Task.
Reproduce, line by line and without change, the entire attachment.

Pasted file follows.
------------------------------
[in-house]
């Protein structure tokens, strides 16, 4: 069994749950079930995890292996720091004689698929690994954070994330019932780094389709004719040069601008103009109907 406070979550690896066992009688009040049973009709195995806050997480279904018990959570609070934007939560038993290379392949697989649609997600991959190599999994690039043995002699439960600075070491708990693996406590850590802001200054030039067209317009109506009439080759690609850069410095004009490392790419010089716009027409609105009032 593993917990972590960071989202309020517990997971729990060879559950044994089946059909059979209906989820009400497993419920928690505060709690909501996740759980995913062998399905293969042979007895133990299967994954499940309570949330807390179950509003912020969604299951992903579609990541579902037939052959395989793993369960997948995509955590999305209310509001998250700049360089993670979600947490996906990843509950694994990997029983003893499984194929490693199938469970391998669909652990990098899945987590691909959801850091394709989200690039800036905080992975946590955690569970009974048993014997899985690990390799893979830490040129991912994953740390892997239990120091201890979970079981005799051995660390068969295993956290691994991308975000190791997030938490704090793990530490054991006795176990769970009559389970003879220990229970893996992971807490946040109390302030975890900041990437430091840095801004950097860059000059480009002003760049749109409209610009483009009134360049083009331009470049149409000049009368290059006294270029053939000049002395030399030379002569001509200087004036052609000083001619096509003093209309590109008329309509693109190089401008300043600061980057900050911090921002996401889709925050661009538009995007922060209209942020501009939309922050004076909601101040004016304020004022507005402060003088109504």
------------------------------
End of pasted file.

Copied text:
[in-house]
């Protein structure tokens, strides 16, 4: 069994749950079930995890292996720091004689698929690994954070994330019932780094389709004719040069601008103009109907 406070979550690896066992009688009040049973009709195995806050997480279904018990959570609070934007939560038993290379392949697989649609997600991959190599999994690039043995002699439960600075070491708990693996406590850590802001200054030039067209317009109506009439080759690609850069410095004009490392790419010089716009027409609105009032 593993917990972590960071989202309020517990997971729990060879559950044994089946059909059979209906989820009400497993419920928690505060709690909501996740759980995913062998399905293969042979007895133990299967994954499940309570949330807390179950509003912020969604299951992903579609990541579902037939052959395989793993369960997948995509955590999305209310509001998250700049360089993670979600947490996906990843509950694994990997029983003893499984194929490693199938469970391998669909652990990098899945987590691909959801850091394709989200690039800036905080992975946590955690569970009974048993014997899985690990390799893979830490040129991912994953740390892997239990120091201890979970079981005799051995660390068969295993956290691994991308975000190791997030938490704090793990530490054991006795176990769970009559389970003879220990229970893996992971807490946040109390302030975890900041990437430091840095801004950097860059000059480009002003760049749109409209610009483009009134360049083009331009470049149409000049009368290059006294270029053939000049002395030399030379002569001509200087004036052609000083001619096509003093209309590109008329309509693109190089401008300043600061980057900050911090921002996401889709925050661009538009995007922060209209942020501009939309922050004076909601101040004016304020004022507005402060003088109504």